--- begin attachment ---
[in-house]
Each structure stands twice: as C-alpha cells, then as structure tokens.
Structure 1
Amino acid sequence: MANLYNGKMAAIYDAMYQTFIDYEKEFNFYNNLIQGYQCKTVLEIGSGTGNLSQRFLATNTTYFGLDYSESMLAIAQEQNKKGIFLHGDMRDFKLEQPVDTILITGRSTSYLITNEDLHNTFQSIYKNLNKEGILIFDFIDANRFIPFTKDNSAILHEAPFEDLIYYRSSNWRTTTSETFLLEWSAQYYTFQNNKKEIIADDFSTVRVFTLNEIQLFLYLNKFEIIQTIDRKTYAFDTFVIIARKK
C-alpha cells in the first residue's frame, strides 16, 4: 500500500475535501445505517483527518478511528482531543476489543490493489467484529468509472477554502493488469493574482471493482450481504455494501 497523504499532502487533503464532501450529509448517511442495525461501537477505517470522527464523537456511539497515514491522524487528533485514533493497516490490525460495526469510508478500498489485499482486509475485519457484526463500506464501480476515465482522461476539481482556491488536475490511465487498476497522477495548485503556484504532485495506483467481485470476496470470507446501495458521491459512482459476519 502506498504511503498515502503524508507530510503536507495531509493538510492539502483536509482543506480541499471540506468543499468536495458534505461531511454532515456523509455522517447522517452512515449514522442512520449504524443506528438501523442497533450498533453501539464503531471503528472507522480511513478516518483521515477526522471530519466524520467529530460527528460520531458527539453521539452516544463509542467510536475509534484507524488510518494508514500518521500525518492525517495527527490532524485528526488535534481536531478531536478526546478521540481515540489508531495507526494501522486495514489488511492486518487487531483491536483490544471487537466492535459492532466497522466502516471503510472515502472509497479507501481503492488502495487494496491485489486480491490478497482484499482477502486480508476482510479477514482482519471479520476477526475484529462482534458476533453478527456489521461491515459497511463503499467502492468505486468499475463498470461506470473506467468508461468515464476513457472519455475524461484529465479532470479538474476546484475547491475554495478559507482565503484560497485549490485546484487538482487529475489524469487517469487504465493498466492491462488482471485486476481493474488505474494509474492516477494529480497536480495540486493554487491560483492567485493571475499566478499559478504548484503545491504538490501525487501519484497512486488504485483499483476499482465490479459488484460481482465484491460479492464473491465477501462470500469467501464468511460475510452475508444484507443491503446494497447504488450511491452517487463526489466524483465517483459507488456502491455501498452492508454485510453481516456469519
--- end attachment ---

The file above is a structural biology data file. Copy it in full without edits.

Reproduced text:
[in-house]
Each structure stands twice: as C-alpha cells, then as structure tokens.
Structure 1
Amino acid sequence: MANLYNGKMAAIYDAMYQTFIDYEKEFNFYNNLIQGYQCKTVLEIGSGTGNLSQRFLATNTTYFGLDYSESMLAIAQEQNKKGIFLHGDMRDFKLEQPVDTILITGRSTSYLITNEDLHNTFQSIYKNLNKEGILIFDFIDANRFIPFTKDNSAILHEAPFEDLIYYRSSNWRTTTSETFLLEWSAQYYTFQNNKKEIIADDFSTVRVFTLNEIQLFLYLNKFEIIQTIDRKTYAFDTFVIIARKK
C-alpha cells in the first residue's frame, strides 16, 4: 500500500475535501445505517483527518478511528482531543476489543490493489467484529468509472477554502493488469493574482471493482450481504455494501 497523504499532502487533503464532501450529509448517511442495525461501537477505517470522527464523537456511539497515514491522524487528533485514533493497516490490525460495526469510508478500498489485499482486509475485519457484526463500506464501480476515465482522461476539481482556491488536475490511465487498476497522477495548485503556484504532485495506483467481485470476496470470507446501495458521491459512482459476519 502506498504511503498515502503524508507530510503536507495531509493538510492539502483536509482543506480541499471540506468543499468536495458534505461531511454532515456523509455522517447522517452512515449514522442512520449504524443506528438501523442497533450498533453501539464503531471503528472507522480511513478516518483521515477526522471530519466524520467529530460527528460520531458527539453521539452516544463509542467510536475509534484507524488510518494508514500518521500525518492525517495527527490532524485528526488535534481536531478531536478526546478521540481515540489508531495507526494501522486495514489488511492486518487487531483491536483490544471487537466492535459492532466497522466502516471503510472515502472509497479507501481503492488502495487494496491485489486480491490478497482484499482477502486480508476482510479477514482482519471479520476477526475484529462482534458476533453478527456489521461491515459497511463503499467502492468505486468499475463498470461506470473506467468508461468515464476513457472519455475524461484529465479532470479538474476546484475547491475554495478559507482565503484560497485549490485546484487538482487529475489524469487517469487504465493498466492491462488482471485486476481493474488505474494509474492516477494529480497536480495540486493554487491560483492567485493571475499566478499559478504548484503545491504538490501525487501519484497512486488504485483499483476499482465490479459488484460481482465484491460479492464473491465477501462470500469467501464468511460475510452475508444484507443491503446494497447504488450511491452517487463526489466524483465517483459507488456502491455501498452492508454485510453481516456469519